Episcopalian's Guide to Sex

“No one knows what goes on behind closed doors.”

Charlie Rich

Throughout all of Christendom, no group has more attractive churches – nor more fetching women – than Episcopalians.

I say this after attending a service at the American Cathedral of Paris – a huge edifice tarted up in the ecclesiastical style of the 19th century.

Paris is full of Episcopalians. Sure, there must be a few Baptists and evangelicals drinking grape juice in some stifling basement in a bad neighborhood. But, here on the swanky Avenue George V, hundreds of Episcopalians (and a few Anglicans) gather each week – and put on a great show. Episcopalians love Paris. It is the world’s most beautiful city…and Episcopalians appreciate it.

Baptists can put up with ugly churches, bad food and teetotalism. After all, life is just a short passage on their way to heaven, like a crowded subway car you take to get to a good restaurant. You don’t mind standing up for a while, if it leads to a cushy seat in paradise.

But Episcopalians, unsure of the promise of heaven and suspicious of the threat of hell, don’t like to take chances. Enjoy the trip…who knows where it leads.

Elizabeth and I had dinner at La Rotonde restaurant at La Muette on Friday night. We sat outside, admiring the trees, the people, the fragrance of the nearby park and the soft light of late evening.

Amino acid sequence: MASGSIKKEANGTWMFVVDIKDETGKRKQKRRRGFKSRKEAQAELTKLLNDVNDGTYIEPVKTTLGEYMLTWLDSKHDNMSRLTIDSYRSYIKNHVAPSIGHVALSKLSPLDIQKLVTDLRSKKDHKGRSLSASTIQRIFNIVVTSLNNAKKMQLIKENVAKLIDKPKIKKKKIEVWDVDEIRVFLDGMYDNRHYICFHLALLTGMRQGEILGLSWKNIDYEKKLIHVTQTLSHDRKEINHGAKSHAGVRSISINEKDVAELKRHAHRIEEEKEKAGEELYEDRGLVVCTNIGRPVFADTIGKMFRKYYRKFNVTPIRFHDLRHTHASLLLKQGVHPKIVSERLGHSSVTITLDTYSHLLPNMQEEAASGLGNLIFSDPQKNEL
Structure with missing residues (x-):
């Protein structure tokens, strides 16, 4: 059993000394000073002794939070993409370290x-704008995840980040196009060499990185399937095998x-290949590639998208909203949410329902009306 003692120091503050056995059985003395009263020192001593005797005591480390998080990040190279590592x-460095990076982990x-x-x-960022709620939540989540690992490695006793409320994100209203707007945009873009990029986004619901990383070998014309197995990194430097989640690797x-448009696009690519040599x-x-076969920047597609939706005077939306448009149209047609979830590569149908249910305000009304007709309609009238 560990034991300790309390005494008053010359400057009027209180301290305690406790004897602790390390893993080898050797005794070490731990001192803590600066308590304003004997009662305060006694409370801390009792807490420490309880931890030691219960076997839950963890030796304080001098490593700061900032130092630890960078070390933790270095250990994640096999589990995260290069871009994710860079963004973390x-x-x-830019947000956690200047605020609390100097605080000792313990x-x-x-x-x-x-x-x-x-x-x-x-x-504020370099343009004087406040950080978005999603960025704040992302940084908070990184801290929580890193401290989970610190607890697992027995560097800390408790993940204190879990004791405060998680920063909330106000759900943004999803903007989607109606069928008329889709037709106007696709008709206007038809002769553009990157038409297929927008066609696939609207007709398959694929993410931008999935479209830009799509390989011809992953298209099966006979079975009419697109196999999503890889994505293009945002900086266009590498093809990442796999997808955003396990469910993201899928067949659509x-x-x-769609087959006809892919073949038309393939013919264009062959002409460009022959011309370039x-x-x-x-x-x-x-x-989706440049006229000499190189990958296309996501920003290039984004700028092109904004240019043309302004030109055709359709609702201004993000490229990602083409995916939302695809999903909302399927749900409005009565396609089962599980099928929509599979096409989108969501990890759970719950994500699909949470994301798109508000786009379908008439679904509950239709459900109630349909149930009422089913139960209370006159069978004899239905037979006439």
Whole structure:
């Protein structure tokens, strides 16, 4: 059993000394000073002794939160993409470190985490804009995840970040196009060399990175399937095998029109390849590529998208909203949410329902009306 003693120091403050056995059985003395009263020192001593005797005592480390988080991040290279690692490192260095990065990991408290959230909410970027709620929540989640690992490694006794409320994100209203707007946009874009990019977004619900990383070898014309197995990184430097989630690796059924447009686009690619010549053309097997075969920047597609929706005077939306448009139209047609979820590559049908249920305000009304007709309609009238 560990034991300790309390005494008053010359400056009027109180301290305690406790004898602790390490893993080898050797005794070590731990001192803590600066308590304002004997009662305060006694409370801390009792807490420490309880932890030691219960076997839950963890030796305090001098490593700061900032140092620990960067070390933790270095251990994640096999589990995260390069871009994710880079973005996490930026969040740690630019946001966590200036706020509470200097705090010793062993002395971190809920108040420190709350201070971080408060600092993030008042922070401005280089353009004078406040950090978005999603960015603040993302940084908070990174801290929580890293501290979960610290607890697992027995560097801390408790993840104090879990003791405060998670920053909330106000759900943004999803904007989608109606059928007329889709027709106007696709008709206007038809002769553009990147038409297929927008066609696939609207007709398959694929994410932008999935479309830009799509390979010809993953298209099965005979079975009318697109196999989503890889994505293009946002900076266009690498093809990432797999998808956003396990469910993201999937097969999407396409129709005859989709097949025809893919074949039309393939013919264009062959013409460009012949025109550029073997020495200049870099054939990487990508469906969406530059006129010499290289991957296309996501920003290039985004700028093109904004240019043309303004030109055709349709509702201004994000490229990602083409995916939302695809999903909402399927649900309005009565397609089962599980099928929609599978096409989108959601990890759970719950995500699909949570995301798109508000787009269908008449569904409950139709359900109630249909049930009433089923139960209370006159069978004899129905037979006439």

“It’s so beautiful when spring comes,” Elizabeth said, respiring heavily, “it’s like falling in love or eating too much chocolate.” Last week, the city threw off the gray overcoat of the long winter and bloomed…

On the sidewalk, not far away, a young couple enjoyed a long kiss, of the sort that would be described as a “French kiss” in America. The whole city seems alive, aroused, pulsing with new life.

Indeed, Paris is saturated with sex – drenched with it, as though after a warm spring downpour. Hence, today’s soggy letter. I know no more about sex than I do about the stock market. But I have spent more time thinking about it.

Last week, at the office, for example, sex was forced upon me. I opened an e-mail which somehow took me to a porn site. Those clever porno mongers had figured out not only how to get me there…but how to keep me. Each click took me to another site – there was no way out. Finally, after a very long time, I had to turn my computer off.